The operating stagnation pressure for the testing was set so the cross section Mach number immediately upstream of the mass bleed was matched to the full-scale section. The Mach number at this section was set by adjusting the upstream stagnation pressure and measuring the local static pressure. These measurements were used to calculate the section Mach number. Thirty-six static pressures were measured on the model center-body using six equally spaced rows of pressure taps downstream of the bleed section. Static pressures were also measured on the outer-body in the bleed channel, downstream of the bleed and at the exit plane.
Distortion in the exit plane was evaluated by measuring the stagnation pressure distribution. The stagnation pressures in the exit plane were measured using a rake of 30 stagnation taps located in equally spaced radial rows spanning the flow passage. The rake was also indexed radially in 15° increments to make measurements at 120 distinct locations in the exit plane annulus.
All of the data, except the pressure data, was sampled using a National Instruments Compact Remote I/O Controller containing a current input module, a temperature input module, a voltage input module, a digital module, and a current output module. The pressure data was sampled using a 16-port Scanivalve pressure scanner. Scan Rates exceeding 100 Hz were possible with the setup used with most measures being physically limited based upon fluid response times.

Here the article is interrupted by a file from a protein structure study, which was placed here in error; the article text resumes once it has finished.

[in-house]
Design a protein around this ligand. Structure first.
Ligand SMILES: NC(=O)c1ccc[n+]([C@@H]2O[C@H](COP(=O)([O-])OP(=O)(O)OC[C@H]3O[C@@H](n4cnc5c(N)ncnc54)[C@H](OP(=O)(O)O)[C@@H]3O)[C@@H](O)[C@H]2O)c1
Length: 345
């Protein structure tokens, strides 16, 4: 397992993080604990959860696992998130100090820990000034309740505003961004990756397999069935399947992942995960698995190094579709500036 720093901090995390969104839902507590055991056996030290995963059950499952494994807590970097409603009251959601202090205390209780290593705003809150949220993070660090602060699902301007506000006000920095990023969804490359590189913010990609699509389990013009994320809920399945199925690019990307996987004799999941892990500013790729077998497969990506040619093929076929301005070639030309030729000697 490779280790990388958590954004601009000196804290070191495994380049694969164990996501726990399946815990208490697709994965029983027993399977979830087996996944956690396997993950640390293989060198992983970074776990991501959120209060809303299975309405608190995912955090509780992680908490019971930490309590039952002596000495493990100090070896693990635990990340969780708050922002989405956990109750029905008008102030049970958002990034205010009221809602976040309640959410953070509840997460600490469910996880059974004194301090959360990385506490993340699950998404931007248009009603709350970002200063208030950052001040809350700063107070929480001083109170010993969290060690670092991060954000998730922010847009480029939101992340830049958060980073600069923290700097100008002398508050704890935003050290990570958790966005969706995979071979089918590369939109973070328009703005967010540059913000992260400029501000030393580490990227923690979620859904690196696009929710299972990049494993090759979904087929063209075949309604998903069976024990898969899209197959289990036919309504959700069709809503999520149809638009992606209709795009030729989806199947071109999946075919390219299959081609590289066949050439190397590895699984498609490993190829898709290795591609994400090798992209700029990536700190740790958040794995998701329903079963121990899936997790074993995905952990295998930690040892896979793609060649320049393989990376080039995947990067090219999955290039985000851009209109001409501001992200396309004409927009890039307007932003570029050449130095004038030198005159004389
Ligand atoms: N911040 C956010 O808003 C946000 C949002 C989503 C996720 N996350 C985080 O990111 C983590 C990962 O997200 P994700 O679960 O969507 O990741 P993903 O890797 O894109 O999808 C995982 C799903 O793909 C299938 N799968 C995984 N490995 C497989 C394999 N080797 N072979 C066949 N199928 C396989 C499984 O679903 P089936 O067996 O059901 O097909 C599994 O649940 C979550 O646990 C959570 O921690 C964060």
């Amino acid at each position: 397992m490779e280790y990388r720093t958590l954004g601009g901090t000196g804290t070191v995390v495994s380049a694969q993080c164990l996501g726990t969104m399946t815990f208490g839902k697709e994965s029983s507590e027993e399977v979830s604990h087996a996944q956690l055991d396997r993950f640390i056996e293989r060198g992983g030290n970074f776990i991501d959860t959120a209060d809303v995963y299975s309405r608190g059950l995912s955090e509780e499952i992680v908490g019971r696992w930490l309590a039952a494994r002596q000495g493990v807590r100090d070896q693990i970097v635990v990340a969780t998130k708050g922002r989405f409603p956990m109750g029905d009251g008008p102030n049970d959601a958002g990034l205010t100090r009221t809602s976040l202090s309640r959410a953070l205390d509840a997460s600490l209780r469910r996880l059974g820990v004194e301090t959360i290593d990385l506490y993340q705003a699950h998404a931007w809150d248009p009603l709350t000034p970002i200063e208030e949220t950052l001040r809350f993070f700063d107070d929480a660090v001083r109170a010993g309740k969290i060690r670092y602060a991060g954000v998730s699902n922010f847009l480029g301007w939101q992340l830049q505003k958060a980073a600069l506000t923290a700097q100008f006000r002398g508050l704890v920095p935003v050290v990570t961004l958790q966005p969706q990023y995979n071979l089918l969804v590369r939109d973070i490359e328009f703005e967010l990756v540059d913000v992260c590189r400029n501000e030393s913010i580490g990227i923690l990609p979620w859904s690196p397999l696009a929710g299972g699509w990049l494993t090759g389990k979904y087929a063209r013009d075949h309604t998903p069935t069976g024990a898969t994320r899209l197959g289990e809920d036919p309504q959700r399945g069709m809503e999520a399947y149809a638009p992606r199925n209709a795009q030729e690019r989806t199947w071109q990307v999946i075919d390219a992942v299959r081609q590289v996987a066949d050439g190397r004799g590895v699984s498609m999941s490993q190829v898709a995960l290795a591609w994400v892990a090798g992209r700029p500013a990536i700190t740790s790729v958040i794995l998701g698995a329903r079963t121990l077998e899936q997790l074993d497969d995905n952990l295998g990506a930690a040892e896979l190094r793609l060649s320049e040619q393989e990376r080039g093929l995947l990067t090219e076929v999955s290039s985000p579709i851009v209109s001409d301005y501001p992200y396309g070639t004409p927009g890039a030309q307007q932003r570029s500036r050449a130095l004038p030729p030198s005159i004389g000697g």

Testing for each test configuration could be fully setup and tested for all required data in approximately 3 hours, which included at least four compressor blow downs and total test time exceeding 10 minutes.
Testing of two different model standards over 20 different inlet conditions were completed in less than 5 months of testing. Numerous repeated tests were conducted to assess data quality, reproducibility, and if transient effects are consistent. All testing indicated highly accurate and low variability of testing, even between re-installation of models within the testing arrangement.